If lies are more comforting to you than facts, you need to get out of your comfort zone.”
- DaShanne Stokes
Biotech seems to be off to a good start to begin 2019. After early losses on Thursday, the sector reversed and ended the day up one and half percent. The January effect seem to hit some oversold small caps on Monday, which helped names like Conatus Pharmaceuticals (CNAT) and Axsome Therapeutics (AXSM) rise by more than 20% on the day.
Hopefully, this is a start of longer-term rally in this beaten-down sector. There are three reasons why I think the sector should have a good year in 2019.
Tax-Loss Selling Abates
With the coming of the New Year, one major driver of selling in the fourth quarter has abated. That is tax-loss selling. Given the deep losses the sector had in the second half of 2018, one can hardly blame some investors for at least trying to get a tax offset from the deep declines from myriad small-cap names in the sector. This is probably one reason the decline in the sector accelerated through most of December before a slight reprieve last week. Now that 2018 is over, so is this source of selling pressure.
M&A Activity Should Pick Up
Buyout activity was dormant throughout 2018, even as drug/biotech giants still have to replenish their pipelines. The only significant deal I can recall in the fourth quarter was Tesaro (TSRO) being acquired for just over $5 billion. However, cash at the ten largest pharmaceuticals companies increased $15 billion in the third quarter to $155 billion, and that cash flow has to be put somewhere.
Those funds are likely to find their way into new acquisitions. A good article came out this week. Based on a recent survey, R&D ROI dropped to just 1.9% at the twelve largest pharma players in 2018. This is the lowest on record and down from 10% in 2010. One of the easiest ways to increase ROI is to scoop up small- and mid-cap concerns where it is higher, especially after the fourth quarter's huge declines.
Another strategy is to buy growth by picking up a large, established player with multiple products on the market and a diverse pipeline. That is exactly what Bristol-Myers Squibb (BMY) did on Thursday morning when it bought Celgene (CELG) for $74 billion. The offer contained a significant premium and consisted of $50 a share in cash, one BMY share for every CELG share and potentially a $9 cash payment per share triggered by the achievement of future regulatory milestones.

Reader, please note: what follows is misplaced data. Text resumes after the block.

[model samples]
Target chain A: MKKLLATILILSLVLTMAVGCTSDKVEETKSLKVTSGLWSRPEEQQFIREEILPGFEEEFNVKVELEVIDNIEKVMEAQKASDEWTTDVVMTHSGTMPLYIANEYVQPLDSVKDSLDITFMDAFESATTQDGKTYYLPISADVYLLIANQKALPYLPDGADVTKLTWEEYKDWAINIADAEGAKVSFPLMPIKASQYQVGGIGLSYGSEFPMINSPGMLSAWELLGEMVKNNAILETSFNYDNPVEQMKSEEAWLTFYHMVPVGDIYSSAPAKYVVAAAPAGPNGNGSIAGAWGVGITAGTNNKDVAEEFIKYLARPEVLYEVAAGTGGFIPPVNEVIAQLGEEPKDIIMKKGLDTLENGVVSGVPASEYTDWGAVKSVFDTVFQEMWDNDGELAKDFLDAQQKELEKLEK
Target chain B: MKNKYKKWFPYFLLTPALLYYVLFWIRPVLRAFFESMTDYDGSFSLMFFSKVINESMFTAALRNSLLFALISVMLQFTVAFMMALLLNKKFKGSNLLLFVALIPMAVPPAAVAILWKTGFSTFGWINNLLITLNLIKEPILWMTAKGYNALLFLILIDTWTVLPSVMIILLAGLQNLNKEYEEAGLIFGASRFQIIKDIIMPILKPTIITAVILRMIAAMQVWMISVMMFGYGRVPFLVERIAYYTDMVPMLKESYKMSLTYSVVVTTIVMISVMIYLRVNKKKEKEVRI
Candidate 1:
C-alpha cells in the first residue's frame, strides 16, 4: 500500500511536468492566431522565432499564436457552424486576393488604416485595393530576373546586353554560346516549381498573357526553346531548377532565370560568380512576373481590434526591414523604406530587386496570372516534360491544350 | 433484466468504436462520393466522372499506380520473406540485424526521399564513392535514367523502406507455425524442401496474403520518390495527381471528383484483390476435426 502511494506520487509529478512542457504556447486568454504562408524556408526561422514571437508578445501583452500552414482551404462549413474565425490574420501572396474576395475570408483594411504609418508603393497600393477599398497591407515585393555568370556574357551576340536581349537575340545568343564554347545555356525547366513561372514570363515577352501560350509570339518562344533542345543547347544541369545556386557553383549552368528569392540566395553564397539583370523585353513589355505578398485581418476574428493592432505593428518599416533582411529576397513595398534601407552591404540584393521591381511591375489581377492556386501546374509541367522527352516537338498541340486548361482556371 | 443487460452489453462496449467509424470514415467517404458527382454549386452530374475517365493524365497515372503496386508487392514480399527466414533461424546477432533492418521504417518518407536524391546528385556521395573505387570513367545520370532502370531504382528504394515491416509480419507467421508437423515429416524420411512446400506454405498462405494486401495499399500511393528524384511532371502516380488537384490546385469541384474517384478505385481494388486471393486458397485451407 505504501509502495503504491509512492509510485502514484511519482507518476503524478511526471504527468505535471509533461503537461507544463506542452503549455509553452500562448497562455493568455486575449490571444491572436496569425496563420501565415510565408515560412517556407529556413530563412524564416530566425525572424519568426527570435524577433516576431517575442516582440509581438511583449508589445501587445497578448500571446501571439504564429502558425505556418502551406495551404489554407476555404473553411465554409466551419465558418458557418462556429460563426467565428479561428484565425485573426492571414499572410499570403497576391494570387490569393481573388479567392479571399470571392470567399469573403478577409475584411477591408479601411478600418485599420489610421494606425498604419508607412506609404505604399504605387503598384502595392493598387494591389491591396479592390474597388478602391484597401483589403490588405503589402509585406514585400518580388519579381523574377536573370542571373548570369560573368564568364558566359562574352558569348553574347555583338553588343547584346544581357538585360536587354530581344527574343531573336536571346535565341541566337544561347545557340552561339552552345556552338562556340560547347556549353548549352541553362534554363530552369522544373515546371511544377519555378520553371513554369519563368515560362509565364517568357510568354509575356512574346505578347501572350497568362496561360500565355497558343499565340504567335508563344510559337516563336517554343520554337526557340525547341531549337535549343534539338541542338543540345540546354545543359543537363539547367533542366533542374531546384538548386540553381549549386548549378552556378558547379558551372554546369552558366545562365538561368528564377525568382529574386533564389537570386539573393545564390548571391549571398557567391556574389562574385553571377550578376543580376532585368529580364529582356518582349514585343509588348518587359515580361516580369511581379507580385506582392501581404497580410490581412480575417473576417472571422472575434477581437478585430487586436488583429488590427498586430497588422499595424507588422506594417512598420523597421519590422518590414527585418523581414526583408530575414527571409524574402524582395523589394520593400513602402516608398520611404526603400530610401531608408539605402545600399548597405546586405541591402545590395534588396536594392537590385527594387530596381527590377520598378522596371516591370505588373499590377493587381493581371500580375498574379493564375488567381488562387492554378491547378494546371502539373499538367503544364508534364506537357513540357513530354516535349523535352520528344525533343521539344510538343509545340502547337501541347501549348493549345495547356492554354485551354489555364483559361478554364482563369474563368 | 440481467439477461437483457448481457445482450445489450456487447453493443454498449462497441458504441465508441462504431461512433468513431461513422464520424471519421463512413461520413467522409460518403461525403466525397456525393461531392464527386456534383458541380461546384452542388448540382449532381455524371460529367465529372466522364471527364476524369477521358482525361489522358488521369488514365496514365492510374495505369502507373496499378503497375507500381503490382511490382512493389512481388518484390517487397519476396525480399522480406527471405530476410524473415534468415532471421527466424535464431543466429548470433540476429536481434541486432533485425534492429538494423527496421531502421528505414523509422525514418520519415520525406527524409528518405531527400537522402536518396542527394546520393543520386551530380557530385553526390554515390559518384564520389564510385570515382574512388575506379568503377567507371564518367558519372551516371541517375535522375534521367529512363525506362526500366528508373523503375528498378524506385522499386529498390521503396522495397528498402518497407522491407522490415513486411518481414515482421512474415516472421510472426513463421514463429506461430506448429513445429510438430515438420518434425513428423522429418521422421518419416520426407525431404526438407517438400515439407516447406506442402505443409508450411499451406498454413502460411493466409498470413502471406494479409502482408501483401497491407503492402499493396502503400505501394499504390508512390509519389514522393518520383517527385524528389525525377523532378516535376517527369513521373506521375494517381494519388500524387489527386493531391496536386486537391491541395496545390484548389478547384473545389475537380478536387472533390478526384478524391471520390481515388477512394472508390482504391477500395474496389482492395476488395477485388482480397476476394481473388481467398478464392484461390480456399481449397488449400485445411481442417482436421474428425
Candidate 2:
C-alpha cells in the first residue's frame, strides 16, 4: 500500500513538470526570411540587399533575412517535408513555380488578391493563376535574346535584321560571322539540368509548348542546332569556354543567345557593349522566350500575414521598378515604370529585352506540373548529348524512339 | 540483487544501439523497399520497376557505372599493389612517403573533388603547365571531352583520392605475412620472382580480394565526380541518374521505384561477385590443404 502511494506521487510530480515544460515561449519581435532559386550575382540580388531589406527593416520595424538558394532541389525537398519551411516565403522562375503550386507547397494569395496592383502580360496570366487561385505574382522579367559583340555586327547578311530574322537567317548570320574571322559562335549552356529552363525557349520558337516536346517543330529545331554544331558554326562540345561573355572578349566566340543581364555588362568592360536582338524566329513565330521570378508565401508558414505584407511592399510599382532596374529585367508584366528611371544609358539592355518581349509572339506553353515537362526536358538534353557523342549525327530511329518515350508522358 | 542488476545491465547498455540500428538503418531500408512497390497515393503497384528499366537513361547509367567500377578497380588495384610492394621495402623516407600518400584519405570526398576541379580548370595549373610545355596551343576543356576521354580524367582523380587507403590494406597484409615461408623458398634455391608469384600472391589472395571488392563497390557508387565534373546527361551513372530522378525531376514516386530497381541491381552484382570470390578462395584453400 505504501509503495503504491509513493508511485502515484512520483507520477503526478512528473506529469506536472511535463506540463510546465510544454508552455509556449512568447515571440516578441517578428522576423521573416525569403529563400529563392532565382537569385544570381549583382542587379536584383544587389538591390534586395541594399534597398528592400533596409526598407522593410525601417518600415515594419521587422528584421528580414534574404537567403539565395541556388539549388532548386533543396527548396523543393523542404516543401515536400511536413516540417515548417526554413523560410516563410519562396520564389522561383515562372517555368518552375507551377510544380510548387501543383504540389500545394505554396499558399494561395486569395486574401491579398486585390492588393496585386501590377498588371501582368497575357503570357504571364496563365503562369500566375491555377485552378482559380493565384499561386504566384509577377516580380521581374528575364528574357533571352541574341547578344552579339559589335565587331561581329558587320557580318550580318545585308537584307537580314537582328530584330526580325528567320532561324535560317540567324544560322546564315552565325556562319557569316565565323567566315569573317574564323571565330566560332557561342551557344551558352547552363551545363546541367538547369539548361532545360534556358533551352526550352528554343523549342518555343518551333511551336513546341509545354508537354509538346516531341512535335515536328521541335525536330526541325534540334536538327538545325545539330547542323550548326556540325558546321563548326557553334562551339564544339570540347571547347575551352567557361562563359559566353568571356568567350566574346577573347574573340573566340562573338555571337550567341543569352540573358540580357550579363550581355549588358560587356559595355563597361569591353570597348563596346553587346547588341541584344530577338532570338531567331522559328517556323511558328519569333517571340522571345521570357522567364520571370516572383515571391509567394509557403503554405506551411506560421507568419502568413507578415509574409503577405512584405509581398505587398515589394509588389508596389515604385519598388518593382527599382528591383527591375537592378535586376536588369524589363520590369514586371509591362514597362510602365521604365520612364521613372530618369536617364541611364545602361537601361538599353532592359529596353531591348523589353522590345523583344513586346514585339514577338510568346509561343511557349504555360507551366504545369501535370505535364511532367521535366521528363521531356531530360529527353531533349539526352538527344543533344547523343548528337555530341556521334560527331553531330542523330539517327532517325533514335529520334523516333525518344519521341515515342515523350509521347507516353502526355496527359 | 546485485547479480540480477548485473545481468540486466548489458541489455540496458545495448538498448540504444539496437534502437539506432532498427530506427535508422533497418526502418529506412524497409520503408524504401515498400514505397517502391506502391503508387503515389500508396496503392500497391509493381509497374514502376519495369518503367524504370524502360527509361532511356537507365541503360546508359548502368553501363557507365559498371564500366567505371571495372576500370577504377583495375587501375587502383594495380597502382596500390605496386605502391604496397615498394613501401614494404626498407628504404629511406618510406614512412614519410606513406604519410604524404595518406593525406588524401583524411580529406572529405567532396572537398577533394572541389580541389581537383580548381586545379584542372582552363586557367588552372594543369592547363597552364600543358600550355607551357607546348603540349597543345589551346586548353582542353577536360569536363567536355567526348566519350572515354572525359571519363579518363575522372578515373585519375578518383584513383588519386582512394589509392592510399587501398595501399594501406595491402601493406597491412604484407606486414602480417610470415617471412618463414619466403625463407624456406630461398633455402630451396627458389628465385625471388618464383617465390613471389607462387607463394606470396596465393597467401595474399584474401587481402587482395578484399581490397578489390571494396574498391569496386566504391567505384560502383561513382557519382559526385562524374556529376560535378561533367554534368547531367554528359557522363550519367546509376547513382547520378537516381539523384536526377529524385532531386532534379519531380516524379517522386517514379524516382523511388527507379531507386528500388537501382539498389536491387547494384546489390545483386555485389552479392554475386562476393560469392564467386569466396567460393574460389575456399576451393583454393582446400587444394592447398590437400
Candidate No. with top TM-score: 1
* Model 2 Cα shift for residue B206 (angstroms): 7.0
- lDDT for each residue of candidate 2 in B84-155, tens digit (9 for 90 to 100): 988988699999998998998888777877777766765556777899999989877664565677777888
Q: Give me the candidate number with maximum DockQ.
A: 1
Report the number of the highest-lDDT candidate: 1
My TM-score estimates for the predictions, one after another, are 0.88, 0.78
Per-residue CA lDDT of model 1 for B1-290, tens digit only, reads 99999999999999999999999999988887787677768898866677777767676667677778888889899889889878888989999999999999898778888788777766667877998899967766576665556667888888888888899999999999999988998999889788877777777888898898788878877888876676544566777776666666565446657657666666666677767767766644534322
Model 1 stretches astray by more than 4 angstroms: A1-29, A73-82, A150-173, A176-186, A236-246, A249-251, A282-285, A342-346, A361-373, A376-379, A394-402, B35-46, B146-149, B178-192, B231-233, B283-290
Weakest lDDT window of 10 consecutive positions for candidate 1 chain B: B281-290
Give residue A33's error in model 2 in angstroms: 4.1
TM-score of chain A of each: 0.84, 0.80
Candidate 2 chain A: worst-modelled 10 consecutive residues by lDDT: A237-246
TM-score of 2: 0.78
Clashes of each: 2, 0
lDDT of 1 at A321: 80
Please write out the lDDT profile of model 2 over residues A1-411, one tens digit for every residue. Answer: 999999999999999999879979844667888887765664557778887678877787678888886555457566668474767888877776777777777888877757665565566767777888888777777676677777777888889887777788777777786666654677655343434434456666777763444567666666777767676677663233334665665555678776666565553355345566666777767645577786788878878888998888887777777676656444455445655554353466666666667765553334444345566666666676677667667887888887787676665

I also expect a notable pickup in new collaboration deals with smaller developmental concerns by the bigger players in the industry. Gilead Sciences (GILD) did a major collaboration deal with Agenus (AGEN) late in December. I would look for more of these types of arrangements in coming months, which will greatly benefit the small biotech space.
Insiders Are Buying The Sector
Insider buying in the market hit its highest level in eight years in December. Some of the biggest buying seemed to happening in the small biotech sector. Iovance Biotherapeutics (IOVA) saw beneficial owners and insiders buy over $12 million in new shares in December. Beneficial owners also bought over $15 million in new shares in Reata Pharmaceuticals (RETA) during the month, and the Medicines Company (MDCO) saw just under $8 million in insider buying last month as well. Those are just a handful of small biotech/biopharma names I saw large insider buying within. Quotient Limited (QTNT), Soleno Therapeutics (SLNO) and Esperion Therapeutics (ESPR) also have seen substantial insider purchases over the past 30 days.
This are not the only reasons I am optimistic about the biotech sector as 2019 commences, but they are some of the main ones.
The problem with wearing a facade is that sooner or later life shows up with a big pair of scissors.”
- Craig D. Lounsbrough
Disclosure: I am/we are long AXSM,CELG, CNAT, ESPR,GILD,IOVA,LPTX,MDCO,QTNT,RETA,TTOO,ZYNE. I wrote this article myself, and it expresses my own opinions. I am not receiving compensation for it (other than from Seeking Alpha). I have no business relationship with any company whose stock is mentioned in this article.